Building Blocks for Peer Success: Lessons Learned from a Train-the-Trainer Program

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Abstract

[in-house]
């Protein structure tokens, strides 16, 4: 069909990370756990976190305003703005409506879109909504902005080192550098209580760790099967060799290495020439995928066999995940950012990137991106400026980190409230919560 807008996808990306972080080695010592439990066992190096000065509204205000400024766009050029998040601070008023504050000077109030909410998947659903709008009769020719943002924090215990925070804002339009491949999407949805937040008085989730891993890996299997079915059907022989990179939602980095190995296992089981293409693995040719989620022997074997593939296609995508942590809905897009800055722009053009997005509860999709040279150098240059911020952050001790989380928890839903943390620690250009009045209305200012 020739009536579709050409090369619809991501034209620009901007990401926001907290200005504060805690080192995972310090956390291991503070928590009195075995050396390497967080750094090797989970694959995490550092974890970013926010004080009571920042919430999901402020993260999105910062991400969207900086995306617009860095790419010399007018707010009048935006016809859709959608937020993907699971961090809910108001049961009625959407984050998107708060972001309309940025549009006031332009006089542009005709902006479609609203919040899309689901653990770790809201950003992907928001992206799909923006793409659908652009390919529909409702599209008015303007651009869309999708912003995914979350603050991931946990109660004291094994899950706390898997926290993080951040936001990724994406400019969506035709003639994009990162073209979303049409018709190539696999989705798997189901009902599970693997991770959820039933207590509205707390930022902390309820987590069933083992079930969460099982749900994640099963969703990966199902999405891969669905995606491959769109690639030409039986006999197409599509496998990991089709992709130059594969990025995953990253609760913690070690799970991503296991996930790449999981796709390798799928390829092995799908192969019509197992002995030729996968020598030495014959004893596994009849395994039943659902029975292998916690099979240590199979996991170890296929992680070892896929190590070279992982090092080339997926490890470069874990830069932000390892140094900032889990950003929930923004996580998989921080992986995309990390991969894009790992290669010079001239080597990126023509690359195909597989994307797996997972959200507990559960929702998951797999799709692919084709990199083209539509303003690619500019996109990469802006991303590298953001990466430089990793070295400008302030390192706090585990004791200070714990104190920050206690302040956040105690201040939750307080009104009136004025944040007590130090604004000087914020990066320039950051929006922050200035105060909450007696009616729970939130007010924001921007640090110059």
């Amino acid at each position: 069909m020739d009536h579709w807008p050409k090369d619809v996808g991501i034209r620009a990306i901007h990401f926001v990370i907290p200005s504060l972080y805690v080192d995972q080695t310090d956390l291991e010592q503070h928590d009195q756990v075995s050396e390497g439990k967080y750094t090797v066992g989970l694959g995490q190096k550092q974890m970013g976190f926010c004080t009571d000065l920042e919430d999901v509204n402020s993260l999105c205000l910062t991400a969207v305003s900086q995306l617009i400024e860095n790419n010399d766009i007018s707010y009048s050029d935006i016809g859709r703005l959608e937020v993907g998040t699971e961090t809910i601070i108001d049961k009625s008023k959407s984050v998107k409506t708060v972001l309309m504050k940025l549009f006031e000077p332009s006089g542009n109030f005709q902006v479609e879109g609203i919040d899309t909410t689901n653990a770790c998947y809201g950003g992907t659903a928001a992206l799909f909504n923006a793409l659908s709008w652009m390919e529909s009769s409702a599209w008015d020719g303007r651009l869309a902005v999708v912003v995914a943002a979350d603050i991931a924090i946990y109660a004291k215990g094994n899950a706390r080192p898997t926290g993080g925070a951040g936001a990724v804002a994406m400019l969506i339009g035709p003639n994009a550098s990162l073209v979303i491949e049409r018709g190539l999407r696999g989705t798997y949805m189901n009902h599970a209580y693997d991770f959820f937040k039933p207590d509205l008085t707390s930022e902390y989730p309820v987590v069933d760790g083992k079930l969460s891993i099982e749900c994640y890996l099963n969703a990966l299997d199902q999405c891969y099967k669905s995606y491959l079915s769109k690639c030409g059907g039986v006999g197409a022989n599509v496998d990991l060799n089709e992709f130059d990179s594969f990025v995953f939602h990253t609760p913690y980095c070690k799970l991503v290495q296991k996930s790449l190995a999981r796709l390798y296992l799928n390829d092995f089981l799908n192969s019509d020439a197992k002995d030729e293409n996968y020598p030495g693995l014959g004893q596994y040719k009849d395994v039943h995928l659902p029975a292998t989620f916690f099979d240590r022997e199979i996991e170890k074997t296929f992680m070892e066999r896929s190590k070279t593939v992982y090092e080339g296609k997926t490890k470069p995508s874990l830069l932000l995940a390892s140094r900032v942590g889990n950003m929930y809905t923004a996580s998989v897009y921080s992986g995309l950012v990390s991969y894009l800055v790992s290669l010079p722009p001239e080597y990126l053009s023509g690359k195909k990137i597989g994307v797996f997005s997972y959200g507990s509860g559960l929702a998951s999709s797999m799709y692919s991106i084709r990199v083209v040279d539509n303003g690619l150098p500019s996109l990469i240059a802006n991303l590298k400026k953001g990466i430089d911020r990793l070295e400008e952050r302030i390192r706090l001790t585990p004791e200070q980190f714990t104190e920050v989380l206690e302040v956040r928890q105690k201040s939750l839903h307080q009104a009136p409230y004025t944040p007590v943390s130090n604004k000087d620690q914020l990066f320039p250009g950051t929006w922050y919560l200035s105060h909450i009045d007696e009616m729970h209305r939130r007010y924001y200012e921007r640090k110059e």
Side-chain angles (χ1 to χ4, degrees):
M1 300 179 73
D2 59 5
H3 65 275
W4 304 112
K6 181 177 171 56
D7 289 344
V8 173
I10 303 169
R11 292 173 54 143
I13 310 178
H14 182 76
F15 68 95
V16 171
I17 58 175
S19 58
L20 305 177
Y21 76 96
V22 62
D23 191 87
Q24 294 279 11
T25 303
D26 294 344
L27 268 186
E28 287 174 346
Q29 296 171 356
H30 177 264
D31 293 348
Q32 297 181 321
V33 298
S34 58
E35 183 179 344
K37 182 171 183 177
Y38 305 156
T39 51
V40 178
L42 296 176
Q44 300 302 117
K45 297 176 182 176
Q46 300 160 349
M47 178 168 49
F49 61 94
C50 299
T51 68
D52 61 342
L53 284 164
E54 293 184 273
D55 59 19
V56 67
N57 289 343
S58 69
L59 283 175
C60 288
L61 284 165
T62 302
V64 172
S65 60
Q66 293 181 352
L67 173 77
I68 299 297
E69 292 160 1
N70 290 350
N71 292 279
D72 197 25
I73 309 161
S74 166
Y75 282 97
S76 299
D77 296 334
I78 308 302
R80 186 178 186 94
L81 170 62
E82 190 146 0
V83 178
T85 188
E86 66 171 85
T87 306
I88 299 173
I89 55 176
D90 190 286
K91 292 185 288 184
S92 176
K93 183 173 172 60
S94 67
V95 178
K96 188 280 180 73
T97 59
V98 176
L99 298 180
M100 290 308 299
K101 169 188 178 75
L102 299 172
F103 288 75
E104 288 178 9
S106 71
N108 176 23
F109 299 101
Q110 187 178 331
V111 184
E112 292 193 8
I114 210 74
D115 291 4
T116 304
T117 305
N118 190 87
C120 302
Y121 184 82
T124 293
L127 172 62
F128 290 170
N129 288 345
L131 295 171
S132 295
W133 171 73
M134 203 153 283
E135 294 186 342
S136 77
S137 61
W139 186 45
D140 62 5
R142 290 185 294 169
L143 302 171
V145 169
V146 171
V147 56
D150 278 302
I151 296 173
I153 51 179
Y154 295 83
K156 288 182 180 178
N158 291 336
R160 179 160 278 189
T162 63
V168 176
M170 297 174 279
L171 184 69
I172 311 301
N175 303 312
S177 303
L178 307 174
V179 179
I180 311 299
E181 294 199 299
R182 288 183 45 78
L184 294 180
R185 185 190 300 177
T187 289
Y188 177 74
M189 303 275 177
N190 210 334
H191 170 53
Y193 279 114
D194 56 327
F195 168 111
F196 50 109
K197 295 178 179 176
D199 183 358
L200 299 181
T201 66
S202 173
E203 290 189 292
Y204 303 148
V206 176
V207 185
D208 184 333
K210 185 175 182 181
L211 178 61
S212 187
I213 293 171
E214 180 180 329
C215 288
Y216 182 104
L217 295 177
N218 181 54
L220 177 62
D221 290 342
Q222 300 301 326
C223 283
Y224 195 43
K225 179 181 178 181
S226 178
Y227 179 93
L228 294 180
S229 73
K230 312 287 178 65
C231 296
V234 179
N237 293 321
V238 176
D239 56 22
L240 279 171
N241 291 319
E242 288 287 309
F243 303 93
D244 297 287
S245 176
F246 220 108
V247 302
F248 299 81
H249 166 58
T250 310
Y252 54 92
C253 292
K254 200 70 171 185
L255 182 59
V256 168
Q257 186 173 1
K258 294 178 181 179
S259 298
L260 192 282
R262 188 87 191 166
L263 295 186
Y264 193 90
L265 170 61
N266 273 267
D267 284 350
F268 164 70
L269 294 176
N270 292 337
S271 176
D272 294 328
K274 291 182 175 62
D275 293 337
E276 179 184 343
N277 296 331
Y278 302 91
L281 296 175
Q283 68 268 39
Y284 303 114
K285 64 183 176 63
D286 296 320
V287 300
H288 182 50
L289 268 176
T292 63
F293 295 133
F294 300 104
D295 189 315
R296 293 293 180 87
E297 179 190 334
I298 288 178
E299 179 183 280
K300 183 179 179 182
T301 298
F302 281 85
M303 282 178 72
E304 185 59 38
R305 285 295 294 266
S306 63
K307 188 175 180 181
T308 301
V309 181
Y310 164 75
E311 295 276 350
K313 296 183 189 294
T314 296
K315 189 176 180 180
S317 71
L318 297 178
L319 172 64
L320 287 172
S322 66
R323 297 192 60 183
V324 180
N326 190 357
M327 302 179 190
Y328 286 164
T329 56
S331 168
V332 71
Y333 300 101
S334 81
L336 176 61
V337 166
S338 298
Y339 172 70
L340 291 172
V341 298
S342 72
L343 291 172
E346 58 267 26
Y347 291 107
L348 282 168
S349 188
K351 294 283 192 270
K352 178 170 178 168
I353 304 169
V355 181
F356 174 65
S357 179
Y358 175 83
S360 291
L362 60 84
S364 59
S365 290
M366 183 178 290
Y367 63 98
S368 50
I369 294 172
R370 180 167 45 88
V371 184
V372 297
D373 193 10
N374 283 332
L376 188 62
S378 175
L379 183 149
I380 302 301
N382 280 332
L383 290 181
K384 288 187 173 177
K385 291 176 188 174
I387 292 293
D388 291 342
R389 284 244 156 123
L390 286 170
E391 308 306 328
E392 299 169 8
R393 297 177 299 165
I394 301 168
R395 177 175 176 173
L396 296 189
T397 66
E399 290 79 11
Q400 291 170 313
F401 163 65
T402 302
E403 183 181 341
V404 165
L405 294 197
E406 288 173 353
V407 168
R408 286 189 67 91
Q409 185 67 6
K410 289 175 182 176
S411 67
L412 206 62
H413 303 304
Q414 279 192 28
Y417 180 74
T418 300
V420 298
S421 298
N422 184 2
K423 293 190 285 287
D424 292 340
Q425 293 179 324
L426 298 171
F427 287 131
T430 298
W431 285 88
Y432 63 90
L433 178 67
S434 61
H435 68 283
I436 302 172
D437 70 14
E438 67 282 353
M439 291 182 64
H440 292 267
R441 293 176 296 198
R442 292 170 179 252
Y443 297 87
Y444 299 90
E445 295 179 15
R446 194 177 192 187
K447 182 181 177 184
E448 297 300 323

The National HIV/AIDS Strategy (NHAS) calls for a reduction in health disparities, a reduction in new HIV infections, and improved retention in HIV care and treatment. It acknowledges that HIV-positive peers can play an important role in supporting these aims. However, peer training must be comprehensive enough to equip peers with the knowledge and skills needed for this work. This article describes the development of a national train the trainer (TTT) model for HIV peer educators, and the results of its implementation and replication. A mixed methods evaluation identified who was trained locally as a result of TTT implementation, what aspects of the TTT were most useful to trainers in implementing local training sessions, and areas for improvement. Over the course of 1 year, 91 individuals were trained at 1 of 6 TTT sessions. These individuals then conducted 26 local training sessions for 272 peers. Factors that facilitated local replication training included the teach-back/feedback model, faculty modeling of facilitation styles, financial support for training logistics, and faculty support in designing and implementing the training. The model could be improved by providing instruction on how to incorporate peers as part of the training team. TTT programs that are easily replicable in the community will be an important asset in developing a peer workforce that can help implement the National AIDS Strategy.

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